1. NO – certain conditions need to apply. Specifically, there must be less than 2 outs, and at least runners on 1st and 2nd base (and the ball must be deemed to be able to be caught with ordinary effort by an infielder). For example, if under other situations, the batter hits a routine fly ball to the shortstop, and he drops it and the batter runs to first base before the shortstop throws the ball to 1st base, the batter is safe, and there is no reference to an infield fly. Typically the only individuals who get confused by this point are young players or first time coaches who first hear of the infield fly concept. If you don’t have runners on 1st and 2nd and less than 2 outs, don’t even think about an infield fly.
2. NO – well, they can, but they will likely be tagged out. The batter is automatically out whether or not the ball is caught, so the runners do not need to try to advance. Doing so on a ball in the infield is very risky at best.
3. NO – the ball is live, and if it’s caught and the infielder throws to a base that a runner has just vacated, the runner will also be called out.
4. NO – the batter is out in either case, but base runners can advance without having to tag up if the ball is dropped. This doesn’t often happen, but can in a hit and run situation, where the base runners are almost at the next base by the time an infield fly is called. If it drops, it may be easier for the runners to continue to advance, then try to retreat. There is no force play on any base if the ball is dropped.
5. NO – the batter is automatically out once an infield fly is called as long as it is a fair ball. It does not matter whether it is caught or if it stays in the infield.
6. NO – an infield fly must be called before the ball lands. It cannot be called retroactively, and in a situation like the above, the umpire could have deemed that it was not catchable with ordinary effort, and the play will stand.
7. NO – have you read this far?? See the answer for the previous point. An infield fly is a judgement call and cannot be made after the fact.
8. NO – well, usually, but if the ball isn’t caught and lands foul or lands fair and then rolls foul untouched, then it is just a foul ball. An umpire should declare “Infield Fly, If Fair” if there is doubt as to whether it will be a fair or foul ball, but the rule applies whether or not he calls out the “if fair” part
9. NO – The infield fly rule does not apply to bunts or line drives.
10. You're expecting me to say no again, aren't you??? This one is actually true, but has nothing to do with an infield fly. This is rule 6.05 (l): "A batter is out when an infielder intentionally drops a fair fly ball or line drive, with first, first and second, first and third, or first, second and third base occupied before two are out. The ball is dead and runner or runners shall return to their original base or bases"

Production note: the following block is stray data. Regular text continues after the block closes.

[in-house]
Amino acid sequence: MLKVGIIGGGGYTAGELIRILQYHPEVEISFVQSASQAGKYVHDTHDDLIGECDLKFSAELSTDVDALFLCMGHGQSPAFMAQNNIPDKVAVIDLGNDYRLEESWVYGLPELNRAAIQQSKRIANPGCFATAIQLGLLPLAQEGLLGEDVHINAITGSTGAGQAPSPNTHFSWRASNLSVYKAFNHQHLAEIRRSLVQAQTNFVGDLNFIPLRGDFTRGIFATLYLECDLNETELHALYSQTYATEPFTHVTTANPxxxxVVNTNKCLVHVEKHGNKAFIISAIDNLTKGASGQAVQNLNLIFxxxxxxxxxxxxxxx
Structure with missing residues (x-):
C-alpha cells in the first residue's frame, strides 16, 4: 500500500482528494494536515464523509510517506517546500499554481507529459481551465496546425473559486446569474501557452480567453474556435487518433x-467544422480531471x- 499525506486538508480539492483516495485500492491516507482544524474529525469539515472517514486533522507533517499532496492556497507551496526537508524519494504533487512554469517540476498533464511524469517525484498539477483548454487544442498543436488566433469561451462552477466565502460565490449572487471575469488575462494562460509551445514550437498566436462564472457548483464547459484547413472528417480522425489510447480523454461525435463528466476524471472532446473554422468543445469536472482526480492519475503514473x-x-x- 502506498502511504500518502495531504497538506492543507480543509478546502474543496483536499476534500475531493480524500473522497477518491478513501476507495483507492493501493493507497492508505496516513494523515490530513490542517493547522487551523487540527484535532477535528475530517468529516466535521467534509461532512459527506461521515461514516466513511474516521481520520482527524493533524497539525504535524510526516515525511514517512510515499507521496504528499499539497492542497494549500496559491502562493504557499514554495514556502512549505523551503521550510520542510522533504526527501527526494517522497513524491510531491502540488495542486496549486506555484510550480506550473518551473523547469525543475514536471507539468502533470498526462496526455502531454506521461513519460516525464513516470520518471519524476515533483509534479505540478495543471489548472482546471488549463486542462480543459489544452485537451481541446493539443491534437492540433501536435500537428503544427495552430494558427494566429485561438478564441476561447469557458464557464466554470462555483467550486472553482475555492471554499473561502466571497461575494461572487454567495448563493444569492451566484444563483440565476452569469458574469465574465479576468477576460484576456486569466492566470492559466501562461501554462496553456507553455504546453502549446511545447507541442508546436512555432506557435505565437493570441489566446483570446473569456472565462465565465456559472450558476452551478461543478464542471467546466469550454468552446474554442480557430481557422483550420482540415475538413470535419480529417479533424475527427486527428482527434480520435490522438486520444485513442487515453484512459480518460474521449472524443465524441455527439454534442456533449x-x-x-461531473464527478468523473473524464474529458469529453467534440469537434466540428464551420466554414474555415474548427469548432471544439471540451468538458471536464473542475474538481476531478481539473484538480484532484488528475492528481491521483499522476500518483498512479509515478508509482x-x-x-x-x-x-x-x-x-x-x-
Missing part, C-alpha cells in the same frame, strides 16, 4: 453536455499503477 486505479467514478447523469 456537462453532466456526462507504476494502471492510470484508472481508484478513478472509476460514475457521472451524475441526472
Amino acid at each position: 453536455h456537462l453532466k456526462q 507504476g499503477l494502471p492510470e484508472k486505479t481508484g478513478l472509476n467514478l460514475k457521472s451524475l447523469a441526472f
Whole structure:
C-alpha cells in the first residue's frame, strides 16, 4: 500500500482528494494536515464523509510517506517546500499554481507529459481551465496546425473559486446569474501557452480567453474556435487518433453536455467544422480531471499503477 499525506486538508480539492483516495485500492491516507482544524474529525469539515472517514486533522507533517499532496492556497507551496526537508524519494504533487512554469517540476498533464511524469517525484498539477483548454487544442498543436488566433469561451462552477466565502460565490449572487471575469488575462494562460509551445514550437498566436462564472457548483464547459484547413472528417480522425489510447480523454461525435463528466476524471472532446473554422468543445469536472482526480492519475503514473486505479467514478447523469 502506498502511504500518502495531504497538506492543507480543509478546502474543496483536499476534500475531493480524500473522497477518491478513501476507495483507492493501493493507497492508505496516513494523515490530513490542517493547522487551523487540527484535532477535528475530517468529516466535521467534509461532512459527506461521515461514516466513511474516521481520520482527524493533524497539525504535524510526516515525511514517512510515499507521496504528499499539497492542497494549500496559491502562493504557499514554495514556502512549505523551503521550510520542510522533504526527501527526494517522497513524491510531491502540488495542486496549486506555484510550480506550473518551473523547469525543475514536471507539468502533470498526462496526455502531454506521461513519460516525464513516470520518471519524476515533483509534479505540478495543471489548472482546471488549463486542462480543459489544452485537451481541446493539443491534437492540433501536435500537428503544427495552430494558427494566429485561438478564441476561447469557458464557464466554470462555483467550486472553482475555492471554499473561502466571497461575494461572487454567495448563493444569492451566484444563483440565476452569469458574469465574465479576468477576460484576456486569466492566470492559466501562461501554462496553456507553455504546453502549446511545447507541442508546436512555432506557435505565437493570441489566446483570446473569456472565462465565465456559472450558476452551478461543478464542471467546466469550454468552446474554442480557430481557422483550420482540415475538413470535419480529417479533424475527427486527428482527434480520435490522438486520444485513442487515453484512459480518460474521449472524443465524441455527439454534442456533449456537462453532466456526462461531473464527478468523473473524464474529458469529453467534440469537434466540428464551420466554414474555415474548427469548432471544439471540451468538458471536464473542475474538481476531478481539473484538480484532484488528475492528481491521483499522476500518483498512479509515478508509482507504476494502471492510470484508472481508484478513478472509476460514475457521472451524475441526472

This is different than an infield fly and is in place to prevent the defense from being deceitful and trying to get an easy double play
Summary of rule:
THE WHOLE PURPOSE OF THE INFIELD FLY RULE IS TO PROTECT THE RUNNERS AND PREVENT THE DEFENSE FROM TURNING AN EASY DOUBLE PLAY. If the defense cannot turn a double play by tricking the runners into thinking they will catch the ball and then not catching it and getting two outs, the rule does not apply. For example if there is only a runner on first base, and an easy flyball is hit in the infield, proper base running will dictate that the runner on first base stay put, but the batter runs hard to first base. If the ball is caught the batter is out. If it is dropped, then the runner on first will be easily out at second, but in either case the defense should not be able to get 2 outs, so the rule does not apply.
Rule 6.05 (e) "A batter is out when an Infield Fly is declared."
well, duh… but what is an Infield Fly exactly? Read on…
Rule 2.00: "An INFIELD FLY is a fair fly ball (not including a line drive nor an attempted bunt) which can be caught by an infielder with ordinary effort, when first and second, or first, second and third bases are occupied, before two are out. The pitcher, catcher and any outfielder who stations himself in the infield on the play shall be considered infielders for the purpose of this rule. When it seems apparent that a batted ball will be an Infield Fly, the umpire shall immediately declare “Infield Fly” for the benefit of the runners. If the ball is near the baselines, the umpire shall declare “Infield Fly, if Fair.” The ball is alive and runners may advance at the risk of the ball being caught, or retouch and advance after the ball is touched, the same as on any fly ball. If the hit becomes a foul ball, it is treated the same as any foul. If a declared Infield Fly is allowed to fall untouched to the ground, and bounces foul before passing first or third base, it is a foul ball. If a declared Infield Fly falls untouched to the ground outside the baseline, and bounces fair before passing first or third base, it is an Infield Fly. Rule 2.00 (Infield Fly) Comment: On the infield fly rule the umpire is to rule whether the ball could ordinarily have been handled by an infielder—not by some arbitrary limitation such as the grass, or the base lines. The umpire must rule also that a ball is an infield fly, even if handled by an outfielder, if, in the umpire’s judgment, the ball could have been as easily handled by an infielder. The infield fly is in no sense to be considered an appeal play. The umpire’s judgment must govern, and the decision should be made immediately. When an infield fly rule is called, runners may advance at their own risk. If on an infield fly rule, the infielder intentionally drops a fair ball, the ball remains in play despite the provisions of Rule 6.05(l). The infield fly rule takes precedence."
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